A Nose for Nothing

Dear Miss Snark,

The agency I would like to query says clearly on their website "...nothing should be enclosed with the letter; don't send any sample material until we advise you that we'd like to see it." So, for this case, I should not attach the first few pages?

I see an almost zero correlation between enticing query / cover letters and enticing writing so I always want to see actual pages.

However, if the guidelines specifically say "send nothing" I have to advise that you send nothing.

They must be better at scenting good writing from cover letters than I. I'll blame the gin.


Carmen said...

What, are they going to throw away the enclosures, good writing and all?

Everyone says follow the directions and such, but ... you gotta wonder.

Agent Frog said...

I agree. The truth is in the pudding. Or in this case the writing. Show me the content. If you don't grab me with your gift for language in the first few paragraphs, then I don't want to be bothered.

Today, on a whim, I tested my theory above by re-reading the first pages of some rather successful novels on my bookshelf, including THE JOY LUCK CLUB, THE MYSTERIES OF PITTSBURG, and IMAGINING ARGENTINA, to name a few. What an eye-opening litmus test for any agent who has gone blind reading query after query.

Don't bother querying me if you aren't willing to demonstrate that level of command. More often than not, I feel like Simon Cowell when reading through my submissions, saying to myself, "that was hideous" when I really wished I could say, "that was truly amazing."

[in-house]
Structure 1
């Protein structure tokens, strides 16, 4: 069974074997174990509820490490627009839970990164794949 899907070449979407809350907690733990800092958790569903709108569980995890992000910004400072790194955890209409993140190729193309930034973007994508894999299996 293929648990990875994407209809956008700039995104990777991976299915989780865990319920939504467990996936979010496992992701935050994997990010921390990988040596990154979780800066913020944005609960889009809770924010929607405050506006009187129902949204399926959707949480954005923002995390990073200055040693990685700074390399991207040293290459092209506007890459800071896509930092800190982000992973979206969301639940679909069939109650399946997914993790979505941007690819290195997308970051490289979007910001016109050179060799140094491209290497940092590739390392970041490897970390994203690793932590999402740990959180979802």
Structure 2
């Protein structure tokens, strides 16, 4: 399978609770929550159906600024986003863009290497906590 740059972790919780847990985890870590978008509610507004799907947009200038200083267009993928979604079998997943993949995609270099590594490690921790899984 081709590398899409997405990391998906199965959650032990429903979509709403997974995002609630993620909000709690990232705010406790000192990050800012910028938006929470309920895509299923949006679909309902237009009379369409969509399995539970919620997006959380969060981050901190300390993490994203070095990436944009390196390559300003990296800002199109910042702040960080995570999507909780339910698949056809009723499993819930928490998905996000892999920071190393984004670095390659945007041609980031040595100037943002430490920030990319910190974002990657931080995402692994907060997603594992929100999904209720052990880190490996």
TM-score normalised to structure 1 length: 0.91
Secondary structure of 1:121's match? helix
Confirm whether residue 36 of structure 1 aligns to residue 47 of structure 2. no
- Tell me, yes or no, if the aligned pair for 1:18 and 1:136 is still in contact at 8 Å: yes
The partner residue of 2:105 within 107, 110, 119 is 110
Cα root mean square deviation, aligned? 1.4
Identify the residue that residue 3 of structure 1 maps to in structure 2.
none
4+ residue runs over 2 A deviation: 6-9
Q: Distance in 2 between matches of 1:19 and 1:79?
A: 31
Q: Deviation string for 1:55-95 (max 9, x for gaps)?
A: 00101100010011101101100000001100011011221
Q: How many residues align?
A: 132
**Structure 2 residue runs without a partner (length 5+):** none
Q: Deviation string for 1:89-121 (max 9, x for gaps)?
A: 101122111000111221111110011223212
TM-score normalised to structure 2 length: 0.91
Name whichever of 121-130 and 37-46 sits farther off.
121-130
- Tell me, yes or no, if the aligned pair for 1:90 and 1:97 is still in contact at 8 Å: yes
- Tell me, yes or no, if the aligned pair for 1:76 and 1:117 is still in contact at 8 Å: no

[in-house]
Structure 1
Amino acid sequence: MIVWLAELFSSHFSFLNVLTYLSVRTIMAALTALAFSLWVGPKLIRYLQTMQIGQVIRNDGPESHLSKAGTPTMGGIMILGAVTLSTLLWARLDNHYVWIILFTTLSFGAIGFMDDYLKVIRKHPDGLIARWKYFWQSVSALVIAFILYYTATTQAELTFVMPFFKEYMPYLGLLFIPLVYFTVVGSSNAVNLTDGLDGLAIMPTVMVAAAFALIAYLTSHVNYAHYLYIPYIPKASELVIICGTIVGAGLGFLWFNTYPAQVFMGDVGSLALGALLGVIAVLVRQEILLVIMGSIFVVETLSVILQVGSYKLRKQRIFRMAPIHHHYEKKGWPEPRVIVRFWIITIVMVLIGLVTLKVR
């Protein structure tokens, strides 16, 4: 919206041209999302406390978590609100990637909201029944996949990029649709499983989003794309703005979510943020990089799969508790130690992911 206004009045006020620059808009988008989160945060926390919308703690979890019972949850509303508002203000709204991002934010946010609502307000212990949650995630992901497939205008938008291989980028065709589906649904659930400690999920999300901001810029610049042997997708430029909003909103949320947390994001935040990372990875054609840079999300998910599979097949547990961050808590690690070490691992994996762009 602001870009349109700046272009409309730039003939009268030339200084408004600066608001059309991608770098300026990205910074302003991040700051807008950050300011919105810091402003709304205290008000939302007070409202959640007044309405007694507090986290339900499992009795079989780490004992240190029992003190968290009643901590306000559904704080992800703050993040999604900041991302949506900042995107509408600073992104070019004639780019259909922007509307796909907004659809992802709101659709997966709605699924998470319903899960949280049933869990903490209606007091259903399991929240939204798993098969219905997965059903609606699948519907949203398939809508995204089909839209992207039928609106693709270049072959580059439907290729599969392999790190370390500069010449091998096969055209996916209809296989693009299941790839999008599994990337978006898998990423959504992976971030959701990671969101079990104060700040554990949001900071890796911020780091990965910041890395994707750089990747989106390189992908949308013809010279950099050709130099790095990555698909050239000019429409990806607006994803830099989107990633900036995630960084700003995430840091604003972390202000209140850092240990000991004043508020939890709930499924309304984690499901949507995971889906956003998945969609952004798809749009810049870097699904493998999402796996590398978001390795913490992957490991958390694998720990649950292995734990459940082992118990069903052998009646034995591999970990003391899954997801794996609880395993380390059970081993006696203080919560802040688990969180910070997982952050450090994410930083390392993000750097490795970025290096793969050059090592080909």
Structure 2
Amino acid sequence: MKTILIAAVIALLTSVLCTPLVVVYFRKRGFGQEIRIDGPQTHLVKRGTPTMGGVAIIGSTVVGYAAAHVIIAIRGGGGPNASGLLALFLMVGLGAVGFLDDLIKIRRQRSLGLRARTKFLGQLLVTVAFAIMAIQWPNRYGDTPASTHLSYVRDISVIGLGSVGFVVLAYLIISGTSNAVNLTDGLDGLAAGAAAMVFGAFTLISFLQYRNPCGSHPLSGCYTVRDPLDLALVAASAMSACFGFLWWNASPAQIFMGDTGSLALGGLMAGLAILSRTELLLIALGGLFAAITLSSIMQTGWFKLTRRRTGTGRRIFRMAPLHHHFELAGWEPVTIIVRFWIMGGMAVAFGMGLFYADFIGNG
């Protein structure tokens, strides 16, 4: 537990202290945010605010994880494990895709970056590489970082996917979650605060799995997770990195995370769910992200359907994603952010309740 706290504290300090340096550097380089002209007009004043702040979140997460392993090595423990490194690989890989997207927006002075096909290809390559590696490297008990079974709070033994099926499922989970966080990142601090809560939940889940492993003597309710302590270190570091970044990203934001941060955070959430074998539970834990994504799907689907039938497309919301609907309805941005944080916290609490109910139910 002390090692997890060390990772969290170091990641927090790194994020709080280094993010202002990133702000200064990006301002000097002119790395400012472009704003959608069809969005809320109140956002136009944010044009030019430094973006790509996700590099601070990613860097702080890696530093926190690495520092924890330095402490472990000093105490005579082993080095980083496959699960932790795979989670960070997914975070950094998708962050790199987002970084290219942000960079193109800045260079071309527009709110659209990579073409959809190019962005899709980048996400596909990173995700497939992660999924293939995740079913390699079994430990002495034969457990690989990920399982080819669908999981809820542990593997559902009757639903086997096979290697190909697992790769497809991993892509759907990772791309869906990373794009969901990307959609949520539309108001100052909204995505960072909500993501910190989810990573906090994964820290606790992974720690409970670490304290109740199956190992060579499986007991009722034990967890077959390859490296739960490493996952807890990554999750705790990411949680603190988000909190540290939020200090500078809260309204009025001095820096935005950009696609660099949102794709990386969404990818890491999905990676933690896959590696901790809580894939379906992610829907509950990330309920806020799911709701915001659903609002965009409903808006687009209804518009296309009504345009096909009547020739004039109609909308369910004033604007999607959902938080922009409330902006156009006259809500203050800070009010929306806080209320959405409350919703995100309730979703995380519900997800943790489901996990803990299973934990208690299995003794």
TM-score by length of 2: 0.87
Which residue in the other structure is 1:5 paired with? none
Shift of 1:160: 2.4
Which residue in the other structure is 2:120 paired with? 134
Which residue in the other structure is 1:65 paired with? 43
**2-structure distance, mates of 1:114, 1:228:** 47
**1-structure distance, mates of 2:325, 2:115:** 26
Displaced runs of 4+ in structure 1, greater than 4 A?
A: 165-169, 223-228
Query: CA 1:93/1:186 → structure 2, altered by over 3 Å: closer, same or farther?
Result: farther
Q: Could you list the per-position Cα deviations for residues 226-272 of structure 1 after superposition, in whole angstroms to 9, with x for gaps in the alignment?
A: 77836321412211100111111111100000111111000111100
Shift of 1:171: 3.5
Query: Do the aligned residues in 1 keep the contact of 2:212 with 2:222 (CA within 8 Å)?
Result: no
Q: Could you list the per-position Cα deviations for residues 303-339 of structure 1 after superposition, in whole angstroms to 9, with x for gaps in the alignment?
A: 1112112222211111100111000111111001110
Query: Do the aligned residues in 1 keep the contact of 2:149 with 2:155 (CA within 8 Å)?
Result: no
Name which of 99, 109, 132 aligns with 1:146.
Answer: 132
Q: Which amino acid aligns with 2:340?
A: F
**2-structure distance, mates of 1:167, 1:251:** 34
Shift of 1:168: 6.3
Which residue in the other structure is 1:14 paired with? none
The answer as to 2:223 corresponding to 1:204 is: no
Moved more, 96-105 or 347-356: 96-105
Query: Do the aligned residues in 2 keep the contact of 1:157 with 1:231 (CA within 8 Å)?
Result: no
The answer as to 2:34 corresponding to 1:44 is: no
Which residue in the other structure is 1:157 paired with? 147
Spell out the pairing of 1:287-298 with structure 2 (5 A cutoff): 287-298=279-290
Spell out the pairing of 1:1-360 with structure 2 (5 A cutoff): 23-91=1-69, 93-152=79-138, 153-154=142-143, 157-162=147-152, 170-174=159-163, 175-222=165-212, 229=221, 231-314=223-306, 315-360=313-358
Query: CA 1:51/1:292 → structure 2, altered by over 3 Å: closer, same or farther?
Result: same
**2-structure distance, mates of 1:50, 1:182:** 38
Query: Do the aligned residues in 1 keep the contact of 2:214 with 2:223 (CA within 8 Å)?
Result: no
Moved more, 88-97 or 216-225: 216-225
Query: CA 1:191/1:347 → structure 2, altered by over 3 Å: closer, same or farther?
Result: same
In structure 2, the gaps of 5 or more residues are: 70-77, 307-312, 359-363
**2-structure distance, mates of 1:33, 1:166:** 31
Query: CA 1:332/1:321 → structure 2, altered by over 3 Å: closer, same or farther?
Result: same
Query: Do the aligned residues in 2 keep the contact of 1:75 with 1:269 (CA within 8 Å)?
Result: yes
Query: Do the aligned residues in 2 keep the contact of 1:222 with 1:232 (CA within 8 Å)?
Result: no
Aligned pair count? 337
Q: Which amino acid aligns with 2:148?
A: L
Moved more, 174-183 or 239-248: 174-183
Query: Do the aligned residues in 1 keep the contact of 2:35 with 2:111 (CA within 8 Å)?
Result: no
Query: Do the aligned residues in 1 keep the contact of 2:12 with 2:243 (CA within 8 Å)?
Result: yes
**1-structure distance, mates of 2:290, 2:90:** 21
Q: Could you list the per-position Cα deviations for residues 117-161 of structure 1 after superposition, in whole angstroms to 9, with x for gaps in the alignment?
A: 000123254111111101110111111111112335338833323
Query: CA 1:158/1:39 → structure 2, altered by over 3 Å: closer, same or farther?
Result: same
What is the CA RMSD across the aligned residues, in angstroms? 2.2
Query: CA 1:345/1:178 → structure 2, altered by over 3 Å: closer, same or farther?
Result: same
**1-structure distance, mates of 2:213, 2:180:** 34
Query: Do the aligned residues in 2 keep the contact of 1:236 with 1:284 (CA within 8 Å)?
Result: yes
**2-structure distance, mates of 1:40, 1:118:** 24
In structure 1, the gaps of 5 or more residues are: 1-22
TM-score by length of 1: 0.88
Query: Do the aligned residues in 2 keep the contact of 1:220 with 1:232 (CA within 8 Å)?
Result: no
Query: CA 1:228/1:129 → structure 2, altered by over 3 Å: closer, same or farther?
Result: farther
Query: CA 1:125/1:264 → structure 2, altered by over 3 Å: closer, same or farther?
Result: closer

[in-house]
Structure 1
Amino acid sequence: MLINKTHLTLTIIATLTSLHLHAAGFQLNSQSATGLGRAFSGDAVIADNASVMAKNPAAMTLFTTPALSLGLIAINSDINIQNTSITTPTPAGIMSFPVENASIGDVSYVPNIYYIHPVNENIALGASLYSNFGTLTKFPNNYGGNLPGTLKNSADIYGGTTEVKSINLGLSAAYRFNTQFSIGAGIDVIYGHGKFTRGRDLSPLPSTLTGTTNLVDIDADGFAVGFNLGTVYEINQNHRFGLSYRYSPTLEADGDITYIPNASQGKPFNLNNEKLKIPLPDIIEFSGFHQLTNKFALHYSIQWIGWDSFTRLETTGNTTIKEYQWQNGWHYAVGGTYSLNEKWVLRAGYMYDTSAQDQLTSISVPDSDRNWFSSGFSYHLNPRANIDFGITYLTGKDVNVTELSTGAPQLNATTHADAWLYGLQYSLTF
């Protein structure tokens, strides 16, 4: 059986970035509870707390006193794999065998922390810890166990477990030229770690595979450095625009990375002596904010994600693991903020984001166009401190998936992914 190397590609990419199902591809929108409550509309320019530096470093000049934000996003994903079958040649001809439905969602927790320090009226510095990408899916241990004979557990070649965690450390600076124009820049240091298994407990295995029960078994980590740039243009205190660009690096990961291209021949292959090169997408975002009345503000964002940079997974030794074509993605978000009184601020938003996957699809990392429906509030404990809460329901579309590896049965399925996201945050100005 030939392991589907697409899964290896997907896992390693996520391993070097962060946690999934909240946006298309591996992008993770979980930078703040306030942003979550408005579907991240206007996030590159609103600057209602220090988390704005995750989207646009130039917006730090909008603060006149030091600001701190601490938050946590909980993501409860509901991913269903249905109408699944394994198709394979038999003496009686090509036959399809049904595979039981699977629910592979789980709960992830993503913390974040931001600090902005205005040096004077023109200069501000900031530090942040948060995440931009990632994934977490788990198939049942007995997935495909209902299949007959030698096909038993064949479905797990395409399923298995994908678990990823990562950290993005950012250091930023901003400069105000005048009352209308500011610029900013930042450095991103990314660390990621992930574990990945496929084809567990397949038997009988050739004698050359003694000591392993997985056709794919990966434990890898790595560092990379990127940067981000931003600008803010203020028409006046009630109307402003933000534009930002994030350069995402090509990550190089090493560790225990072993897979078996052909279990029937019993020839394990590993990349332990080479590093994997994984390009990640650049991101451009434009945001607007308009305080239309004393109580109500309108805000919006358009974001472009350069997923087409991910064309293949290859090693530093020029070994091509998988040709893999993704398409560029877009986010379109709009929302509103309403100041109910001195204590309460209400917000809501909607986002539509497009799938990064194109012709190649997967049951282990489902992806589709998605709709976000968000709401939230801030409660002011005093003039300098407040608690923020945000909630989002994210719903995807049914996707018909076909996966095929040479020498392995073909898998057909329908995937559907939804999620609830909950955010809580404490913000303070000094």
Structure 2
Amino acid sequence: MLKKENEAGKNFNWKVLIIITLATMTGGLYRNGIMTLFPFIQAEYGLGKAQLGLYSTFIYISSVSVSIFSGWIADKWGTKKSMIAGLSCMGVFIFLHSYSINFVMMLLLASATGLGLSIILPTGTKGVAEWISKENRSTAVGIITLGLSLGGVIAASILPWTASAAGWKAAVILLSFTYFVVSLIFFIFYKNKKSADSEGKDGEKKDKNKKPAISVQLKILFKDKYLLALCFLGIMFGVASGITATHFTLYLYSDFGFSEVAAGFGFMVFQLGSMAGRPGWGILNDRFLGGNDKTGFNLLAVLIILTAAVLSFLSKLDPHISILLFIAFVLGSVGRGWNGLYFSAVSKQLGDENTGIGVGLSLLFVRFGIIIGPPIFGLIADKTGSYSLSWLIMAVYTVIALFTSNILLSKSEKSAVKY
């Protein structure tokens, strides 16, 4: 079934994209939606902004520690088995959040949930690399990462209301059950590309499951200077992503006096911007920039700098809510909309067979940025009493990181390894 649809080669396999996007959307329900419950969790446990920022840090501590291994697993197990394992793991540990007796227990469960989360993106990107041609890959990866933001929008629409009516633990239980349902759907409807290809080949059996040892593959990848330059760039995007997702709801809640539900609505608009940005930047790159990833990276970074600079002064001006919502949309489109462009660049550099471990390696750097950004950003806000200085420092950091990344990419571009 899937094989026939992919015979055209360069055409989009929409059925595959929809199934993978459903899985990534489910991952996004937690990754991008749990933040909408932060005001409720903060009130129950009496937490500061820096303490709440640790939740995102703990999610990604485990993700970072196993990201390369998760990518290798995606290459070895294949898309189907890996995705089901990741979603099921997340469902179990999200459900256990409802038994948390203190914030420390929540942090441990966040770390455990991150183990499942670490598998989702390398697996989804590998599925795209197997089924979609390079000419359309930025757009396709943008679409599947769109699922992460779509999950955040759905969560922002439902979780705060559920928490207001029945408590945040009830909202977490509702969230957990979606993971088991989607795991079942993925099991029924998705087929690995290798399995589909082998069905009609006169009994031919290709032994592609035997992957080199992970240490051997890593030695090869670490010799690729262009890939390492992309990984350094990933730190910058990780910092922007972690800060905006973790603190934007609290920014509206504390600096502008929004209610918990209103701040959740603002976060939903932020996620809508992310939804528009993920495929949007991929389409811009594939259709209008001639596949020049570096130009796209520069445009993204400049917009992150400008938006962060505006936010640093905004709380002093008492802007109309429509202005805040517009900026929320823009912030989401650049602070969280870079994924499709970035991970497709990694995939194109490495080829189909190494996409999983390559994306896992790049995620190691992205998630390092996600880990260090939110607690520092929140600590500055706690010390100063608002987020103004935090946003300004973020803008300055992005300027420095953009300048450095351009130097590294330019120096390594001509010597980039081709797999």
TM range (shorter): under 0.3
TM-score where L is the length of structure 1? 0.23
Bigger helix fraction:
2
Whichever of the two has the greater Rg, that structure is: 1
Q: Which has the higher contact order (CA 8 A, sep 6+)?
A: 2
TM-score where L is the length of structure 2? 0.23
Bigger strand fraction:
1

Wishing ain't getting.

Be true to yourself. If you know you're not a great writer, please don't write. Please don't write. (All of a sudden I'm channeling Eminem, go figure.) But if you know you're a great writer, and you really are one, then WRITE dammit. WRITE.

Then show it off.

Anonymous said...

Oh Froggy, I'm so dissappointed in you!

How's a person supposed to know if he's a "great writer"?
In a writer's own mind, he could think he's a "great writer."
Or a writer might be able to learn, you think?

I feel an urge for French food.
Frog Legs anyone?

Miss P AKA Her Royal Cliqueness said...

You've gotta give it to agents for keeping us on our toes.

NO enclosures?! So the cover letter better be a super-de-duper, mind blowing, informative and entertaining intro of both the writer and the book.

Ahhh...in one page.


Excuse me, while I go kiss my agent's feet for not putting me through that torture!

Anonymous said...

Agent Frog,

You're saying you agree with query letter only? And that will show you the content? (Or are you agreeing with Miss Snark?)

I do believe (IMHO) that my query letter is well written, has a "hook" and gives the agents enough info to know if they want to read the ms or not.

However, I don't think its the same as reading the first few paragraphs of a great book. I do the same thing - if I'm not hooked in the first page of a book, I don't buy it.

The query letter is a brief encapsulation of highlights and plot...it's good and interesting, but not the same as reading a few pages of the real thing.

But I guess it goes back to if the letter is not attention getting, most likely the ms isn't either.

Anonymous said...